Meanwhile mainstream Christianity looks the other way.   Heaven help us all if God decides to speak somewhere outside the confines of a sometimes incoherent book that everyone likes to interpret their own way.  That is a big flaw in the faith/belief world by the way - this putting the Mystery inside the jail of a book only interpretable by human beings, most of whom don’t agree with each other.  No wonder modern atheists find so much with which to dis-agree.

But knowledge - direct experience of the Divine in the Age of Science - please save our beliefs from that - we just aren’t ready to surrender them - our egos can’t handle it.  Be dangerous to even admit the existence of Anthroposophy and/or Christian Hermeticism (including a marvelous update of Alchemy) - might call into questions matters far beyond what modern atheists now question.   Perhaps.

Perhaps what might be called real Anthroposophy - as against what is practiced today by the so-called Anthroposophical Society (when Steiner died, the Society he fostered fell into disarray) - has solutions for all kinds of problems facing modern humanity.   Maybe it isn’t about what Steiner or his students do or do not do, but about what the world of Spirit Itself offers to us today, transcendent of the confines of the Bible - both Old and New Testament.  If there is New Revelation, isn’t that a reward for two millennia of true Faith?  Doesn’t humanity need for science and religion to no longer be antagonistic?  Why have we imprisoned the Revelations of God in a Book?

How will people know?  What would happen if a Divinity School publication published this little piece, and a dialog ensued?  Would the world come to an end?   Only one way to find out.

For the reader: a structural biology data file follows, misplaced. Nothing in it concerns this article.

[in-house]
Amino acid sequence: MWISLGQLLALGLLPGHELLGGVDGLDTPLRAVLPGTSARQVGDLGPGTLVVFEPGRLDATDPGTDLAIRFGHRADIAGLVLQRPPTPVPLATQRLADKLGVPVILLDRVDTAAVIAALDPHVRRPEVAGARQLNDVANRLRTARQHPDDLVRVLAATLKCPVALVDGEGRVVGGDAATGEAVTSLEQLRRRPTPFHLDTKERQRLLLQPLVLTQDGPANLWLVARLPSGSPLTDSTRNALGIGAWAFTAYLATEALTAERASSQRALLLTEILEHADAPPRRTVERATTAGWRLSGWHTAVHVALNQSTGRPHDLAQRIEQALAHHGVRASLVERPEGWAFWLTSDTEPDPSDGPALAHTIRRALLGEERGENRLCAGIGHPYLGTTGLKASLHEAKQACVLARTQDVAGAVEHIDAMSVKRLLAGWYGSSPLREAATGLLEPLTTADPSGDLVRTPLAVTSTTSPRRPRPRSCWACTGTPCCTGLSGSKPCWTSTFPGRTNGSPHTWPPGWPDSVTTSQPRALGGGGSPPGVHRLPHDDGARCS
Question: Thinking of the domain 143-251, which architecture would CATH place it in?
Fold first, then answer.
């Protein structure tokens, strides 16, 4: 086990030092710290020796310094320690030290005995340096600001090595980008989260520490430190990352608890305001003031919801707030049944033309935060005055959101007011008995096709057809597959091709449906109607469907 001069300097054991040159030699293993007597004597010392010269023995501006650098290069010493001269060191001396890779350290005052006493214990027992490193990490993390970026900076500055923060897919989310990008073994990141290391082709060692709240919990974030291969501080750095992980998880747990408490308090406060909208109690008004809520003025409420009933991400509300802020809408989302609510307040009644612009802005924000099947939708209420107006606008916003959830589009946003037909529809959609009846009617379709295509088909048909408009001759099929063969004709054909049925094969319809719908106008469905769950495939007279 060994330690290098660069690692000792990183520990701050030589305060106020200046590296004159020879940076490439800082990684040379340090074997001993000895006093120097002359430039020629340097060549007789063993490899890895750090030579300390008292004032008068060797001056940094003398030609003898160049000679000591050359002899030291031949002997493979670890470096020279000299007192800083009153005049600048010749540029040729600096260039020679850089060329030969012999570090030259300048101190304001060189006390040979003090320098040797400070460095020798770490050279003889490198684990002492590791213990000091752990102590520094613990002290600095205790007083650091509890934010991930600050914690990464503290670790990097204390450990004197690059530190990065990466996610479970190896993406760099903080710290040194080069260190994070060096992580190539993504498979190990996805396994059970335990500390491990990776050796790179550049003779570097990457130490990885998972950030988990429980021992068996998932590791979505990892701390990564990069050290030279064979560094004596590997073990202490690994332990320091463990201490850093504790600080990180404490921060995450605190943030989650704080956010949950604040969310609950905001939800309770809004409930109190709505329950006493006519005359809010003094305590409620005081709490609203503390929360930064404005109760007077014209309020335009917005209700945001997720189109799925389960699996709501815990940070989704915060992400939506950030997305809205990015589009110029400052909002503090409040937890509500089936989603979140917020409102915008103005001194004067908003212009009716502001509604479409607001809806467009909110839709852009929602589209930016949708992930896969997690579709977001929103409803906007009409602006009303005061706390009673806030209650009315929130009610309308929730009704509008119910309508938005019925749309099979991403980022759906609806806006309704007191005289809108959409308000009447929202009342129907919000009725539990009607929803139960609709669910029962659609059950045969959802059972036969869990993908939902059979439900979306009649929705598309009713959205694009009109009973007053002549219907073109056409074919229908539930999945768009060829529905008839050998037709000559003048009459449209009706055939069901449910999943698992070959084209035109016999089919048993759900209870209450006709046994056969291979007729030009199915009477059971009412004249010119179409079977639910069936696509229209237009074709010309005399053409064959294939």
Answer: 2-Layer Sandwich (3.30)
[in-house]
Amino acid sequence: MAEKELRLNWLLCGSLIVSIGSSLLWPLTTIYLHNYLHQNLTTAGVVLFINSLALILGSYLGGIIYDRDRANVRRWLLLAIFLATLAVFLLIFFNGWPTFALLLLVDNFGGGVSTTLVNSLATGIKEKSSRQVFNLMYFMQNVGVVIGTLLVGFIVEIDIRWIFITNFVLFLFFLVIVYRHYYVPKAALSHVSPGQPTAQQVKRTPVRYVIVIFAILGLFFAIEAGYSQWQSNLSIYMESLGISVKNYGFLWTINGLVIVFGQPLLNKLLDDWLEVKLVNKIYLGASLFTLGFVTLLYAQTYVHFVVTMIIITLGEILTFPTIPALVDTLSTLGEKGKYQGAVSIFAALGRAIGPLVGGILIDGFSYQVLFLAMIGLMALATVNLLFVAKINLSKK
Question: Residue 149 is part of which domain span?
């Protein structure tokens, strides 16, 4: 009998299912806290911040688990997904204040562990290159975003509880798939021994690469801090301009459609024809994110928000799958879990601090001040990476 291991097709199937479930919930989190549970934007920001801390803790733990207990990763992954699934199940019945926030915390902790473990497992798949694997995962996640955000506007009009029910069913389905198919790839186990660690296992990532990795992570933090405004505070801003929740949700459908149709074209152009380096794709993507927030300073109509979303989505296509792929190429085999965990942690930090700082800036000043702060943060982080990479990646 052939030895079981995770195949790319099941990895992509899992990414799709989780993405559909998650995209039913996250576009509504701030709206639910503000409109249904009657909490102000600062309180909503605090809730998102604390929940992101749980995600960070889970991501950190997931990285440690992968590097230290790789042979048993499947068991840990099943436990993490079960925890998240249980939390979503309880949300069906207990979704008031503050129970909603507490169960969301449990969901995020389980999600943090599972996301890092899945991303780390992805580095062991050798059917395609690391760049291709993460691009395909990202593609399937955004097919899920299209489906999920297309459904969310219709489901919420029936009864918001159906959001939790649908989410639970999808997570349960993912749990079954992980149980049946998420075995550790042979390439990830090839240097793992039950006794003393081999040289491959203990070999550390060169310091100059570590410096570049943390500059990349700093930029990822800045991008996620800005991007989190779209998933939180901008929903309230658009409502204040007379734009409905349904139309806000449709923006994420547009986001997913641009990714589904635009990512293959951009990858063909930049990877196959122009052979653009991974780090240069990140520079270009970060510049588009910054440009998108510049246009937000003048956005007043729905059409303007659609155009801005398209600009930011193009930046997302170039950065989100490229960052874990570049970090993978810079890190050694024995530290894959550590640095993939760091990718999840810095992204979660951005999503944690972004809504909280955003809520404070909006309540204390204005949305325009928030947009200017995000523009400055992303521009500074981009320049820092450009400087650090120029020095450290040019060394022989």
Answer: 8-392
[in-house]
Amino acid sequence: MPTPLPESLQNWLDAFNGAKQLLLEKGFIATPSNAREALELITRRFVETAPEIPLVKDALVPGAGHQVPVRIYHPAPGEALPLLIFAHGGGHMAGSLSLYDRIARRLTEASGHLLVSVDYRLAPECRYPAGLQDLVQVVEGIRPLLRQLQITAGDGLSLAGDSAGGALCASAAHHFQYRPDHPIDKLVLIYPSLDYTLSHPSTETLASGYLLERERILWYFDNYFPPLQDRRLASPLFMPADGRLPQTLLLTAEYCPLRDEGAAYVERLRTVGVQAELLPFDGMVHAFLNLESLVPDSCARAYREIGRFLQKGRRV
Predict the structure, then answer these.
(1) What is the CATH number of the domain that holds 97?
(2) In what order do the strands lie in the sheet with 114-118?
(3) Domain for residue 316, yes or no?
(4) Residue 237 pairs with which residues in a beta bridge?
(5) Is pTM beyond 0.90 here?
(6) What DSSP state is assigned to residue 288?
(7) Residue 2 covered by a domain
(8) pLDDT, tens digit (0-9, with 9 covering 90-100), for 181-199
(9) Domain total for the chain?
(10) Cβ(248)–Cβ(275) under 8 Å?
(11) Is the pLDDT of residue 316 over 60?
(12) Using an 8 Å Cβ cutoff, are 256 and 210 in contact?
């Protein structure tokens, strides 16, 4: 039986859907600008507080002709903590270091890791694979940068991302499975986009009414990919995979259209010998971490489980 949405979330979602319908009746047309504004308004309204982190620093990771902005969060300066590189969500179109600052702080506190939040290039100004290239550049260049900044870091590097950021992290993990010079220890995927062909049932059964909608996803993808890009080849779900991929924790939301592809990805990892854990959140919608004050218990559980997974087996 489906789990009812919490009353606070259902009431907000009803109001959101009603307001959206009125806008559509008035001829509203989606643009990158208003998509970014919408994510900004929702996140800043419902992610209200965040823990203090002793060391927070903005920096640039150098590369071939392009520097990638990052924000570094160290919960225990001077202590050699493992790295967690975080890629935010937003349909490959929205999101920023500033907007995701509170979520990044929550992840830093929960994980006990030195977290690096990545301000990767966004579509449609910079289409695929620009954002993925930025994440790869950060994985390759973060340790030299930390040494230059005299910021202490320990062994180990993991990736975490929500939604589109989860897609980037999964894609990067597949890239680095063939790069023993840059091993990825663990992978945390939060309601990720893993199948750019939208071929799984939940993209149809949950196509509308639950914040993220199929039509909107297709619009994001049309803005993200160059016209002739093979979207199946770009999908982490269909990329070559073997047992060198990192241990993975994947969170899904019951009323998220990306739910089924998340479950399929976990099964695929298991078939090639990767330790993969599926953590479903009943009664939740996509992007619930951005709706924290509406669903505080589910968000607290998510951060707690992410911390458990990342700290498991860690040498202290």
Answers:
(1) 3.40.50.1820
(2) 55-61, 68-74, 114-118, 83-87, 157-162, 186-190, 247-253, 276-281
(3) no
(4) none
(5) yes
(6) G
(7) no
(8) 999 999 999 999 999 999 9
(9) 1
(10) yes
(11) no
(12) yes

part three: a new Way of religious mastery

We know generally the idea of the guru - the spiritual or religious master mostly honored in the Cultural East.  In the Cultural West we do have saints, and other revered figures of different kinds, but not quite the same idea as the Zen Master, or the Yoga Master, or the Sufi Master or the Tibetan Lama.  We may know the idea of enlightenment, and may even pursue such a goal ourselves, while at the same time on occasion recognizing in some other human being that they possess such a status.

Sometimes we think these matters are about wisdom as well.  In the West we do revere wisdom if we can find it, but like beauty wisdom seems really to only exist in the eye of the beholder.  Where one person sees a wise man, another sees a charlatan and a fake, or perhaps even a fool.  An odd kind of reverence of this type can be found in those Christian circles where the assumed more pure and developed human being will be called: godly.

In general, human beings do elevate others, often above themselves, and also often above others. In one of the spiritual arts of the West, but at the same time rather unknown in the West, this process of elevation is recognized to be a by-product of a particular thinking-mode that can be called: comparative thinking (one among several other thinking-modes).  We think one thing is better than another thing, unless we discover a reason to distinguish the two in the folk wisdom we call: its really just apples and oranges.  Not everything that seems similar can really be compared.

When a person raises themselves up in this way, this is called in the Cultural West: inflation of the ego.  Clearly someone who calls themselves a Master has demonstrated a quality that brings that judgment itself into question.